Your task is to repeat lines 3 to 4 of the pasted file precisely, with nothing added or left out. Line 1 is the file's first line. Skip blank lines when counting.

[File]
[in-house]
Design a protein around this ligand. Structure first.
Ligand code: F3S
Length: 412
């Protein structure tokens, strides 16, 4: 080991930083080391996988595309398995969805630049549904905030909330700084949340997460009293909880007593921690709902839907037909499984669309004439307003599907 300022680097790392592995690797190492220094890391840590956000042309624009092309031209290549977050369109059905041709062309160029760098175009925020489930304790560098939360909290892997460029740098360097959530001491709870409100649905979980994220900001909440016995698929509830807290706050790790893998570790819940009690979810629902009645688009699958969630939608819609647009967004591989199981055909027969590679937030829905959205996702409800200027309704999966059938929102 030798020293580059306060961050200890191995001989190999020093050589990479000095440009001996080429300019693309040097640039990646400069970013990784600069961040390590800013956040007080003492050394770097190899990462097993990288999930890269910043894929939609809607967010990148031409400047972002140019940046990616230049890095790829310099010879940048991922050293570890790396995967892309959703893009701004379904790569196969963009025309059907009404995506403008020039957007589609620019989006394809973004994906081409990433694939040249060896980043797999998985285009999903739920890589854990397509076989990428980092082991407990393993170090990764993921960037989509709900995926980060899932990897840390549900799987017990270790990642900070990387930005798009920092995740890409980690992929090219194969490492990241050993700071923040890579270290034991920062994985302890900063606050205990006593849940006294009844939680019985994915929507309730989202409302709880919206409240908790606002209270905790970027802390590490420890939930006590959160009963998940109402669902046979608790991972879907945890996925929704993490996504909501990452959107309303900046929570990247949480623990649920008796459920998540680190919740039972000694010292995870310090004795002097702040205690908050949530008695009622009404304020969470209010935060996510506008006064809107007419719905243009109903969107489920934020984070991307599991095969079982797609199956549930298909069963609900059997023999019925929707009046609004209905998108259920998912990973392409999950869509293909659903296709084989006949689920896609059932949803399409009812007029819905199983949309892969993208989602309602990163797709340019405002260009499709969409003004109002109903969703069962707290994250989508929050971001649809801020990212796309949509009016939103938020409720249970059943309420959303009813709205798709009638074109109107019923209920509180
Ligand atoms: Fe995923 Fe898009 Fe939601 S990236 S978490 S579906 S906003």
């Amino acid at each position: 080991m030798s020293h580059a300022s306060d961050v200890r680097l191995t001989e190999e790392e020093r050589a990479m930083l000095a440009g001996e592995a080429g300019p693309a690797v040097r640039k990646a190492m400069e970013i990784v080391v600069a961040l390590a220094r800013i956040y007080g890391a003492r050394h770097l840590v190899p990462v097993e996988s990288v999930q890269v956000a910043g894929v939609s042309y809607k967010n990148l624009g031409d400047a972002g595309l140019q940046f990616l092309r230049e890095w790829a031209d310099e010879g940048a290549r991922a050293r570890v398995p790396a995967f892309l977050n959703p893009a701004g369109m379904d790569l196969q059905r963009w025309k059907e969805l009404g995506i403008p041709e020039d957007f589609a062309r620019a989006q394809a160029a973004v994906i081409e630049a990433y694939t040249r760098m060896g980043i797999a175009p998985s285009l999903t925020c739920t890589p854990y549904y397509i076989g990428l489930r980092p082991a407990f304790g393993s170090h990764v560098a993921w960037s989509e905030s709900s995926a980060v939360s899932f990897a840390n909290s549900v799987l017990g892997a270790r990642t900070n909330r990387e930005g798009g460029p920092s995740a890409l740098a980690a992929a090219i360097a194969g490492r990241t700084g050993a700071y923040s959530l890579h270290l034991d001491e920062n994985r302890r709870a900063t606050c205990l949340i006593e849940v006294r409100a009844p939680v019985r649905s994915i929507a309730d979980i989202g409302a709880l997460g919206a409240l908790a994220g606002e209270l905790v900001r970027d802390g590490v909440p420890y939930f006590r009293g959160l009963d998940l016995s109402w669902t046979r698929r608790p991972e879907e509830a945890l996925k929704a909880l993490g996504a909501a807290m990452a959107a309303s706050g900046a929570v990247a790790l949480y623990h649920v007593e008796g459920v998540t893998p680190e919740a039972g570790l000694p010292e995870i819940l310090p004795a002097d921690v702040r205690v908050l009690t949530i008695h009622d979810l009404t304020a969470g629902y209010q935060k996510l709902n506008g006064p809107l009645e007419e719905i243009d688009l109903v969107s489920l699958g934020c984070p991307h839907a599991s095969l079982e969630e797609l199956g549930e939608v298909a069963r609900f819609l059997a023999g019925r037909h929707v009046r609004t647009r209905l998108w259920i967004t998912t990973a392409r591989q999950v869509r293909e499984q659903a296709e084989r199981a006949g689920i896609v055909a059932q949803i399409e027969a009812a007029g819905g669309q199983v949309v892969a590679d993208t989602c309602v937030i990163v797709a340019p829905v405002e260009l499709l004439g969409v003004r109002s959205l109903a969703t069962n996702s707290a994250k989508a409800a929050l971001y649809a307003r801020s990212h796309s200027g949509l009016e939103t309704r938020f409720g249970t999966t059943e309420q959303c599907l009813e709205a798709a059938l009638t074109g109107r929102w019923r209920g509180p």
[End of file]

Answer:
Ligand code: F3S
Length: 412